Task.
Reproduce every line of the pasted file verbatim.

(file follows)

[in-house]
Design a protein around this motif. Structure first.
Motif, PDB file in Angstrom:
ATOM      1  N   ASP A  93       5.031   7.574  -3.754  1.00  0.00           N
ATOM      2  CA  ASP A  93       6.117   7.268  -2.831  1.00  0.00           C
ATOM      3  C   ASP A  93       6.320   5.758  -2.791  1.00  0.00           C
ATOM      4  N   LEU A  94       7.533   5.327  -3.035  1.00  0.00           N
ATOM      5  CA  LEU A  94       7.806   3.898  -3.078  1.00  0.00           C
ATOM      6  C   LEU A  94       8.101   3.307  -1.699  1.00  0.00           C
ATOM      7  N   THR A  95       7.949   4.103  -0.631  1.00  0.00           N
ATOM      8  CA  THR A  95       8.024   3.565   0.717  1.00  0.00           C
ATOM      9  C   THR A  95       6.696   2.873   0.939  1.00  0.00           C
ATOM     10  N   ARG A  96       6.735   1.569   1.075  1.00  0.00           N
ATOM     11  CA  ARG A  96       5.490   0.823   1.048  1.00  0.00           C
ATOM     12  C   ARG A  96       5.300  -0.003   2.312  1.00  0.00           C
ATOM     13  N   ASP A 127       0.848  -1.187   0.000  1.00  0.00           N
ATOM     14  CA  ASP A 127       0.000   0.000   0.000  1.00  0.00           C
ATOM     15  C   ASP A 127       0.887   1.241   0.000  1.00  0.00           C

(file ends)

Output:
[in-house]
Design a protein around this motif. Structure first.
Motif, PDB file in Angstrom:
ATOM      1  N   ASP A  93       5.031   7.574  -3.754  1.00  0.00           N
ATOM      2  CA  ASP A  93       6.117   7.268  -2.831  1.00  0.00           C
ATOM      3  C   ASP A  93       6.320   5.758  -2.791  1.00  0.00           C
ATOM      4  N   LEU A  94       7.533   5.327  -3.035  1.00  0.00           N
ATOM      5  CA  LEU A  94       7.806   3.898  -3.078  1.00  0.00           C
ATOM      6  C   LEU A  94       8.101   3.307  -1.699  1.00  0.00           C
ATOM      7  N   THR A  95       7.949   4.103  -0.631  1.00  0.00           N
ATOM      8  CA  THR A  95       8.024   3.565   0.717  1.00  0.00           C
ATOM      9  C   THR A  95       6.696   2.873   0.939  1.00  0.00           C
ATOM     10  N   ARG A  96       6.735   1.569   1.075  1.00  0.00           N
ATOM     11  CA  ARG A  96       5.490   0.823   1.048  1.00  0.00           C
ATOM     12  C   ARG A  96       5.300  -0.003   2.312  1.00  0.00           C
ATOM     13  N   ASP A 127       0.848  -1.187   0.000  1.00  0.00           N
ATOM     14  CA  ASP A 127       0.000   0.000   0.000  1.00  0.00           C
ATOM     15  C   ASP A 127       0.887   1.241   0.000  1.00  0.00           C